The broadest of perspectives can locate the shift underway on planet Earth as the most recent scene in a vast pageant of cosmic emergence. A cosmological panorama takes us beyond the ambit of daily life and beyond even the larger compass of human history, offering a vantage point for pondering the contemporary predicament.
A reminder of where we are in the immensity of space, the eons of time, and the majestic evolution of existence, this wide vista cultivates a sense of awe and humility, stirring resolve to renew the vitality of our precious island of life. Such reflections bring into focus a transcendent challenge: to navigate toward a new order of complexity in our corner of the universe, a flourishing and resilient global society.
The story of the cosmos begins nearly 14 billion years ago with the colossal energy eruption of the Big Bang. From the primal chaos of this prodigious event, structures consolidated in distinct stages, each adding new complexity to the grand unfolding of being: quarks and basic particles formed from the cauldron of radiant energy in the first fraction of a second; simple atoms stabilized after some 300,000 years as the universe cooled; galaxies coalesced around random asymmetries in matter distribution, eventually giving birth to stars and planets; and about 3.8 billion years ago, life appeared on Earth, opening a new chapter in the story of the universe.
Biological evolution has been a wondrous adventure of tenacity and inventiveness through titanic episodes of extinction and proliferation. In the fullness of evolutionary time, creatures with brains appeared, enjoying enhanced ability to repel danger and secure sustenance. Eventually, our diminutive mammalian forebears entered the stage, minor characters scurrying inconspicuously among larger and smarter Mesozoic contemporaries. Somehow, they found niches through the long reigns of the trilobites, fish, and reptiles. The actuarial probability of survival for these early mammals could not have been good, and the odds of hitting the jackpot in the lottery of evolution very long indeed.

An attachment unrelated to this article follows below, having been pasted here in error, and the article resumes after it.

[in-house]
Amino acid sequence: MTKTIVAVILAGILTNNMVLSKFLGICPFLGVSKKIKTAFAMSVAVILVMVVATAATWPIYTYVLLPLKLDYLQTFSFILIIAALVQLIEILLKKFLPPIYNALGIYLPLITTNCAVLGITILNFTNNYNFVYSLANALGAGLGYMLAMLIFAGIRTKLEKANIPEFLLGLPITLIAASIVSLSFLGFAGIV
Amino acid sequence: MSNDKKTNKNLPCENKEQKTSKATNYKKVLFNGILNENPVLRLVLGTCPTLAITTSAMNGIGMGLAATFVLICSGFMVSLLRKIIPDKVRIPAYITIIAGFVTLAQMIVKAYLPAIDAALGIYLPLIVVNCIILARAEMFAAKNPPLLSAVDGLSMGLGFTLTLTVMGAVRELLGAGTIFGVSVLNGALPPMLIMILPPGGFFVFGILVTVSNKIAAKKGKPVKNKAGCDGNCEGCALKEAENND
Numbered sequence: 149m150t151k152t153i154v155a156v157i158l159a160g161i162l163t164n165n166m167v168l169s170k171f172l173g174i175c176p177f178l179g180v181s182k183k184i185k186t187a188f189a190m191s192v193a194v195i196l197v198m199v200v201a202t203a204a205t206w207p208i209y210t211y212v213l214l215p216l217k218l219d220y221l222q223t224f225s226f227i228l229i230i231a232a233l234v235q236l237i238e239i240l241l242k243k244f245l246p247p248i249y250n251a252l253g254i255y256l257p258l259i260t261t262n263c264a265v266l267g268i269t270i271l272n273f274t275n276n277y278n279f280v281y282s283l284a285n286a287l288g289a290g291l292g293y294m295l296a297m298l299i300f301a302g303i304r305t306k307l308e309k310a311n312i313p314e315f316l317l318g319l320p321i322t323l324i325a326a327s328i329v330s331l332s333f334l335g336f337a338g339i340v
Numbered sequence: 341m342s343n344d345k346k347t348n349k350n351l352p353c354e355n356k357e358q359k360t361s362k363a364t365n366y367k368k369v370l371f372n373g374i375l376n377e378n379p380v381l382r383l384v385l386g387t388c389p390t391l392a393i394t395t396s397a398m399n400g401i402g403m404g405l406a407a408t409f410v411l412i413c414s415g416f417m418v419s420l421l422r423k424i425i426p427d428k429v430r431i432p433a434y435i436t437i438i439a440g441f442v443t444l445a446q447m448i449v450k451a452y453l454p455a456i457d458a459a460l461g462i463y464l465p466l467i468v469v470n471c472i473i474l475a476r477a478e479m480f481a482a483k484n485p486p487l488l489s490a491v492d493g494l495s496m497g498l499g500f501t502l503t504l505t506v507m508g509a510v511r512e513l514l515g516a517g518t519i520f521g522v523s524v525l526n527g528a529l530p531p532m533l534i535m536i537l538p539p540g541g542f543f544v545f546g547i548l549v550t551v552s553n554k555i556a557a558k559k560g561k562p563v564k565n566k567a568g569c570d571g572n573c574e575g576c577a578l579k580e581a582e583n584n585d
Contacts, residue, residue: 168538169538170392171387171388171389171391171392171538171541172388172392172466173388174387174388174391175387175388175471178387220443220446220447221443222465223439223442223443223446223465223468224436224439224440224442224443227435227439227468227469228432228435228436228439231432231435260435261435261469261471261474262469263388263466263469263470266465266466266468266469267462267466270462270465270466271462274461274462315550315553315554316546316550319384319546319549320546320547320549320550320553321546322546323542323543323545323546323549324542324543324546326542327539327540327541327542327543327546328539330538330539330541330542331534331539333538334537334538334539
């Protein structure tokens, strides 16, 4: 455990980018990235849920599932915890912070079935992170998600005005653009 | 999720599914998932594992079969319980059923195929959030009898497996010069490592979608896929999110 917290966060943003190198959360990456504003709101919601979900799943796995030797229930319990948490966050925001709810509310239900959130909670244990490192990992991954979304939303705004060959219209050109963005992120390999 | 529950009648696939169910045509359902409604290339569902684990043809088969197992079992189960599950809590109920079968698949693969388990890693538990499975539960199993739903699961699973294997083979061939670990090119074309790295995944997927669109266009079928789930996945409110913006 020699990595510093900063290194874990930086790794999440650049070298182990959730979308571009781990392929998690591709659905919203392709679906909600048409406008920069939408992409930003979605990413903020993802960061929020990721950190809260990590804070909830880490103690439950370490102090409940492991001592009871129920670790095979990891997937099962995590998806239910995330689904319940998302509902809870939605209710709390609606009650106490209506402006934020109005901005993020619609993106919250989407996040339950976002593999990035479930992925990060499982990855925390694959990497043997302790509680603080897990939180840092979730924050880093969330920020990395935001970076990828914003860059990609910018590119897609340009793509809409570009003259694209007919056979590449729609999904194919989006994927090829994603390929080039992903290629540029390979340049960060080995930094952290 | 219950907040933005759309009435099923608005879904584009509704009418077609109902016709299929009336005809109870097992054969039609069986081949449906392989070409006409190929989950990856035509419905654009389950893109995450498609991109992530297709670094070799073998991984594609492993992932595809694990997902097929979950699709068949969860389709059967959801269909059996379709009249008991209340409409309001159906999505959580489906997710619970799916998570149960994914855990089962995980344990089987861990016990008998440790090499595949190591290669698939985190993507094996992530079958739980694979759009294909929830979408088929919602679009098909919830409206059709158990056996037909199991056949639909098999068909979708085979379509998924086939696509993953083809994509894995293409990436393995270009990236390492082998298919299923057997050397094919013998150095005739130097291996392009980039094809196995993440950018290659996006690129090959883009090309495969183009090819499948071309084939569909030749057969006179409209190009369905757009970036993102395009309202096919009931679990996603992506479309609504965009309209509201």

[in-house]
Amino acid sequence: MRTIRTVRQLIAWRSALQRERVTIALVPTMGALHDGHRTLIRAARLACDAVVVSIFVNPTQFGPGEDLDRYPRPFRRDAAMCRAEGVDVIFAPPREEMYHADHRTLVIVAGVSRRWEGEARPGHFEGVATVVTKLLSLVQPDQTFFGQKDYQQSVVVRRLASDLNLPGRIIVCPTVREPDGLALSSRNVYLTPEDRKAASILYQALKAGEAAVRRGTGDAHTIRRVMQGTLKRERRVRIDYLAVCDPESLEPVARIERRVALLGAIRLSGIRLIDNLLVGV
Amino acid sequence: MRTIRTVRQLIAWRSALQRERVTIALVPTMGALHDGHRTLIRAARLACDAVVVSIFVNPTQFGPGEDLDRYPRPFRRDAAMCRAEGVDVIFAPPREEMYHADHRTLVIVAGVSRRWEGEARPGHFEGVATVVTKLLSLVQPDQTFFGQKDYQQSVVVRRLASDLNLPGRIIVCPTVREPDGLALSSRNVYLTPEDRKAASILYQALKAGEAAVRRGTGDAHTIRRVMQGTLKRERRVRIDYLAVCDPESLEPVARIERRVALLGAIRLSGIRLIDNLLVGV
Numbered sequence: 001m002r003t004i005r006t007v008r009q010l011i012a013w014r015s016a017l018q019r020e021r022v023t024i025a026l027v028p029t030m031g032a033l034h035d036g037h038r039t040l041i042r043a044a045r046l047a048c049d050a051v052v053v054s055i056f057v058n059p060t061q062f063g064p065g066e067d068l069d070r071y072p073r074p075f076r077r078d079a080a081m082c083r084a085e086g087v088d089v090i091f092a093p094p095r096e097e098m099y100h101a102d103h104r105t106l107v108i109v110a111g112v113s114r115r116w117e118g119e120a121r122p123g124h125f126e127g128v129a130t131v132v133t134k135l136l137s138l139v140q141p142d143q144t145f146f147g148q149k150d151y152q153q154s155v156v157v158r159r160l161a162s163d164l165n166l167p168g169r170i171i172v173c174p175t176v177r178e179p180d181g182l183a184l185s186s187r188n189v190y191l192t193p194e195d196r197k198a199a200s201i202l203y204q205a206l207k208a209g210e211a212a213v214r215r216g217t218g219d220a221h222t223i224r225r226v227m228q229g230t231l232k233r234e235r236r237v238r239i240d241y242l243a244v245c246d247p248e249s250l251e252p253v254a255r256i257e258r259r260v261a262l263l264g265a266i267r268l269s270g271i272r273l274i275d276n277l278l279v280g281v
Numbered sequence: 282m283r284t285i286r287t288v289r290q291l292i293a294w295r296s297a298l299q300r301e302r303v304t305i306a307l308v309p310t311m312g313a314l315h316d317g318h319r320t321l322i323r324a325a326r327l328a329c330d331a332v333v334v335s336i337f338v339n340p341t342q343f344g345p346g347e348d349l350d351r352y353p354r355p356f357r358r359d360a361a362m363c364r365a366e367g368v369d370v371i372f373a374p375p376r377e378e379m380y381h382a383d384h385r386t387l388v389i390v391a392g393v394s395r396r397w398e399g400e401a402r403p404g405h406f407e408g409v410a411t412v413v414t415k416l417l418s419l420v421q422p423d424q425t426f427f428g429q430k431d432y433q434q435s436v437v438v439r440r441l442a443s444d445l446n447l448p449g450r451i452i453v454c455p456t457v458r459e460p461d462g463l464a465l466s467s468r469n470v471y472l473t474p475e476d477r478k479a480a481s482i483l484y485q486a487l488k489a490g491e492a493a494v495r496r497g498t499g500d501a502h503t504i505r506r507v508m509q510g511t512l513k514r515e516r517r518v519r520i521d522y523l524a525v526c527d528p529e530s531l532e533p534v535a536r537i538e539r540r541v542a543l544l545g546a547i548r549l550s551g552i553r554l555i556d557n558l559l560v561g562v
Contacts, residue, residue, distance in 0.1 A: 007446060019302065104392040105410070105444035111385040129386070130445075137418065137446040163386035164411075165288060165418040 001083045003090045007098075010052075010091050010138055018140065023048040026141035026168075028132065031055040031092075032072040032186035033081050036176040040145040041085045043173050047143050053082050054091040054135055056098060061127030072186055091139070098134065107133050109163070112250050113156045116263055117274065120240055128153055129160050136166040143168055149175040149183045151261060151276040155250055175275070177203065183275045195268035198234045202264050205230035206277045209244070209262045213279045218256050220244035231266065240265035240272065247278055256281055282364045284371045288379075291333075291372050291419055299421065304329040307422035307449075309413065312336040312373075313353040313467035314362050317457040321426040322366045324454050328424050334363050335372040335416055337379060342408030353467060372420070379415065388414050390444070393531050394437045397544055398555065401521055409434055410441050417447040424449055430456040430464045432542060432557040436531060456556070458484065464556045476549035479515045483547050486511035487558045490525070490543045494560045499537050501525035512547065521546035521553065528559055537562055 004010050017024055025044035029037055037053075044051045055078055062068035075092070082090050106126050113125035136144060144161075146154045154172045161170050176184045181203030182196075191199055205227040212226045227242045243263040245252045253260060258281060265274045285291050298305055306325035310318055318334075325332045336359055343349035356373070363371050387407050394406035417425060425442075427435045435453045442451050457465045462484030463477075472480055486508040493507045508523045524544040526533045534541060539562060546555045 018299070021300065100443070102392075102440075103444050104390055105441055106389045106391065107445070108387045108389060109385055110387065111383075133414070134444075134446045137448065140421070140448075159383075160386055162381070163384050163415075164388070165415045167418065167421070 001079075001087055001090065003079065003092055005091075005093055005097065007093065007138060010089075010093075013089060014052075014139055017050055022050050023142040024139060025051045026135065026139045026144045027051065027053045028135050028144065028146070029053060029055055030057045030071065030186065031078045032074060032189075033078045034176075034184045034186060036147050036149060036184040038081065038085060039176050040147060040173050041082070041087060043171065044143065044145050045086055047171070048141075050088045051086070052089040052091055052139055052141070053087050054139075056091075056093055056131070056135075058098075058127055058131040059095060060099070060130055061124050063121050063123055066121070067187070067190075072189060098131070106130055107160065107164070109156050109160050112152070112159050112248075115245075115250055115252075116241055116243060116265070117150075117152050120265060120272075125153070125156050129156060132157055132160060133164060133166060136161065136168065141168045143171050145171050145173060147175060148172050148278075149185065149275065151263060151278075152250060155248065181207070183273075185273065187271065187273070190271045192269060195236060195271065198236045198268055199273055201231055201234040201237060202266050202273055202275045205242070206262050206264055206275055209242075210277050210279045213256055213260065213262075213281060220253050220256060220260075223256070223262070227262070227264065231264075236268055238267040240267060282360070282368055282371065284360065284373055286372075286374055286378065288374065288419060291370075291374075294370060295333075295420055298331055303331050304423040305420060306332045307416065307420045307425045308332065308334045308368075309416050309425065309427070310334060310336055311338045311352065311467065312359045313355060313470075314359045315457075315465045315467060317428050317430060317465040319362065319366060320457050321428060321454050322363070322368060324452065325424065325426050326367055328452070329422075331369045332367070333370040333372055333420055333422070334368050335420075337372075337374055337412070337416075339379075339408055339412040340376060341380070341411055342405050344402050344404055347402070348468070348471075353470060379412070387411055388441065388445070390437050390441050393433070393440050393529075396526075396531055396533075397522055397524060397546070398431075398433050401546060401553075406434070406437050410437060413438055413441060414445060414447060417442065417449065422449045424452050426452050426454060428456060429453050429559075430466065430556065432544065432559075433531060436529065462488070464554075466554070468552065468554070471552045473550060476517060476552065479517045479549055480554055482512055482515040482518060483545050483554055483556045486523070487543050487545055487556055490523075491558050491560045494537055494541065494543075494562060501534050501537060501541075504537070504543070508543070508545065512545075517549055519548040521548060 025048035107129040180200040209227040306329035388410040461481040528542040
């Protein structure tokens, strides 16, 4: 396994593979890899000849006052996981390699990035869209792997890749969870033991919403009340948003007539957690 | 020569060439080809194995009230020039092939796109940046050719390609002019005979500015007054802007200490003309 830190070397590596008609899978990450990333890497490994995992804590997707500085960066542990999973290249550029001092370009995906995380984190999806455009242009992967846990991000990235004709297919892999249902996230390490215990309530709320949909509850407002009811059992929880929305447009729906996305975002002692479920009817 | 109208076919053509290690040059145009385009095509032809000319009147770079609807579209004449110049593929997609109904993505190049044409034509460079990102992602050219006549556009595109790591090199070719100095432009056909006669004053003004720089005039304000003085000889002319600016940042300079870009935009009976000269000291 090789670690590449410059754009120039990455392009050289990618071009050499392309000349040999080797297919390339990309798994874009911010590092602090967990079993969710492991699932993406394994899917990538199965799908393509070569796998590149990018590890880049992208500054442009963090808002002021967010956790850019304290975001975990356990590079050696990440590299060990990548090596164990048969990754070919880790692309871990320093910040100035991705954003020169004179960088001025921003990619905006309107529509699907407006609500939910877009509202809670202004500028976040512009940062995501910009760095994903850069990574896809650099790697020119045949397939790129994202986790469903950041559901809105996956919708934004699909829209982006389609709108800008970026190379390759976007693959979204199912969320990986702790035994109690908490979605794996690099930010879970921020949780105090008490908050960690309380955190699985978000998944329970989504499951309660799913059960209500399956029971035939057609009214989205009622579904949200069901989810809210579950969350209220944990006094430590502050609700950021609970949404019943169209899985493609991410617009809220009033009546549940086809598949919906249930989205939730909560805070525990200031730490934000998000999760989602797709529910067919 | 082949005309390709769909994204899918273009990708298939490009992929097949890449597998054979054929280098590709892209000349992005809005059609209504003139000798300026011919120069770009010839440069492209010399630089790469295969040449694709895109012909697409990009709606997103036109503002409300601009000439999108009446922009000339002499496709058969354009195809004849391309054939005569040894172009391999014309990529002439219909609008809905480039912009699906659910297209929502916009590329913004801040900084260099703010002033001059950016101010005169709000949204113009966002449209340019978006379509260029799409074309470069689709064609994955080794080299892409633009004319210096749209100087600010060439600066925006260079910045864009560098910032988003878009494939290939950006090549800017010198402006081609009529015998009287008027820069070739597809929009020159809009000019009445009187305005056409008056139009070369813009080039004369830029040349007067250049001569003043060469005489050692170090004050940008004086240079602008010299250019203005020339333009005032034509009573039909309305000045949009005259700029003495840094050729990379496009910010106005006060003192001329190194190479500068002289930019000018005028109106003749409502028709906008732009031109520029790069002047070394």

Everything changed some 65 million years ago when Earth collided with an enormous asteroid, the single most cataclysmic day on this planet. This 10 kilometer asteroid from outer space struck with the force of a billion Hiroshima-size bombs, abruptly altering the scenery, plot, and cast of characters in the theater of natural history. The impact lifted immense dust clouds that blocked the sun and destroyed plant life. The death knell for the imperious dinosaurs (and three-quarters of then existing species) was the sound of opportunity for our furry ancestors, who made a fine living scavenging the insects and snails that flourished on the massive detritus of the global killing fields.
At the dawning of the Cenozoic Era, to be mammalian and small was highly adaptive. Multiplying and diversifying, they populated the Class Mammalia with innumerable design variations for warm blooded and lung-breathing animals. The grandeur of that variety, from schooner-sized whales to pinkie-sized bumblebee bats, remains on display in the 5,000 or so extant mammalian species still clinging to the shrunken habitats of today’s ecologically impoverished planet.
One uncommonly dexterous line—the primates—proved particularly consequential, giving rise to hominids, the first bipedal, tool-developing mammals. These brainy, social creatures jumped onto evolution’s fast track and never looked back. The advent of human consciousness marked both a culmination and an inception: the capstone of biological evolution and the cornerstone of social evolution. The appearance of human culture set off a second Big Bang in the generation of novel forms of existence in the known universe.